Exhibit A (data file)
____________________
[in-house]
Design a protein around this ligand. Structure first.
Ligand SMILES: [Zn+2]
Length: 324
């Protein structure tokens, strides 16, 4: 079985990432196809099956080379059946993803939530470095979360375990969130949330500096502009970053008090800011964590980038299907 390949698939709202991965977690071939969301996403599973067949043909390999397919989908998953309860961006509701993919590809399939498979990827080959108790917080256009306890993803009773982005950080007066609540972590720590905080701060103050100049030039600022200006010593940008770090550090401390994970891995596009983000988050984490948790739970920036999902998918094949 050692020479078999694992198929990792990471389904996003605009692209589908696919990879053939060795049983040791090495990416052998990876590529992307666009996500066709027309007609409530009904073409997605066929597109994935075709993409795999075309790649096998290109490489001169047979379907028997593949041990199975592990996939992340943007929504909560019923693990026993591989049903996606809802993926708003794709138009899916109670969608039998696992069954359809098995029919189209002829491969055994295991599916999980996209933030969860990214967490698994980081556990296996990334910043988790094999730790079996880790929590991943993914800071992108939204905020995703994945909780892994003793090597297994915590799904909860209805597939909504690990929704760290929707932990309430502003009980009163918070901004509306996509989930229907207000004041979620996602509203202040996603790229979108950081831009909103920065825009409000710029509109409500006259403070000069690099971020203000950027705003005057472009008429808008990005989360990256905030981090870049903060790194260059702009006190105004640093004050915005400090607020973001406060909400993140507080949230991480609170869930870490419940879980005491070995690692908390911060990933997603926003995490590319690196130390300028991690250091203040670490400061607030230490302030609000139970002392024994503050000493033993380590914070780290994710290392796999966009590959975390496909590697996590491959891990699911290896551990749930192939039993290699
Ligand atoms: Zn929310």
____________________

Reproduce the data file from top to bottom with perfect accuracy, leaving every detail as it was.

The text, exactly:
[in-house]
Design a protein around this ligand. Structure first.
Ligand SMILES: [Zn+2]
Length: 324
């Protein structure tokens, strides 16, 4: 079985990432196809099956080379059946993803939530470095979360375990969130949330500096502009970053008090800011964590980038299907 390949698939709202991965977690071939969301996403599973067949043909390999397919989908998953309860961006509701993919590809399939498979990827080959108790917080256009306890993803009773982005950080007066609540972590720590905080701060103050100049030039600022200006010593940008770090550090401390994970891995596009983000988050984490948790739970920036999902998918094949 050692020479078999694992198929990792990471389904996003605009692209589908696919990879053939060795049983040791090495990416052998990876590529992307666009996500066709027309007609409530009904073409997605066929597109994935075709993409795999075309790649096998290109490489001169047979379907028997593949041990199975592990996939992340943007929504909560019923693990026993591989049903996606809802993926708003794709138009899916109670969608039998696992069954359809098995029919189209002829491969055994295991599916999980996209933030969860990214967490698994980081556990296996990334910043988790094999730790079996880790929590991943993914800071992108939204905020995703994945909780892994003793090597297994915590799904909860209805597939909504690990929704760290929707932990309430502003009980009163918070901004509306996509989930229907207000004041979620996602509203202040996603790229979108950081831009909103920065825009409000710029509109409500006259403070000069690099971020203000950027705003005057472009008429808008990005989360990256905030981090870049903060790194260059702009006190105004640093004050915005400090607020973001406060909400993140507080949230991480609170869930870490419940879980005491070995690692908390911060990933997603926003995490590319690196130390300028991690250091203040670490400061607030230490302030609000139970002392024994503050000493033993380590914070780290994710290392796999966009590959975390496909590697996590491959891990699911290896551990749930192939039993290699
Ligand atoms: Zn929310």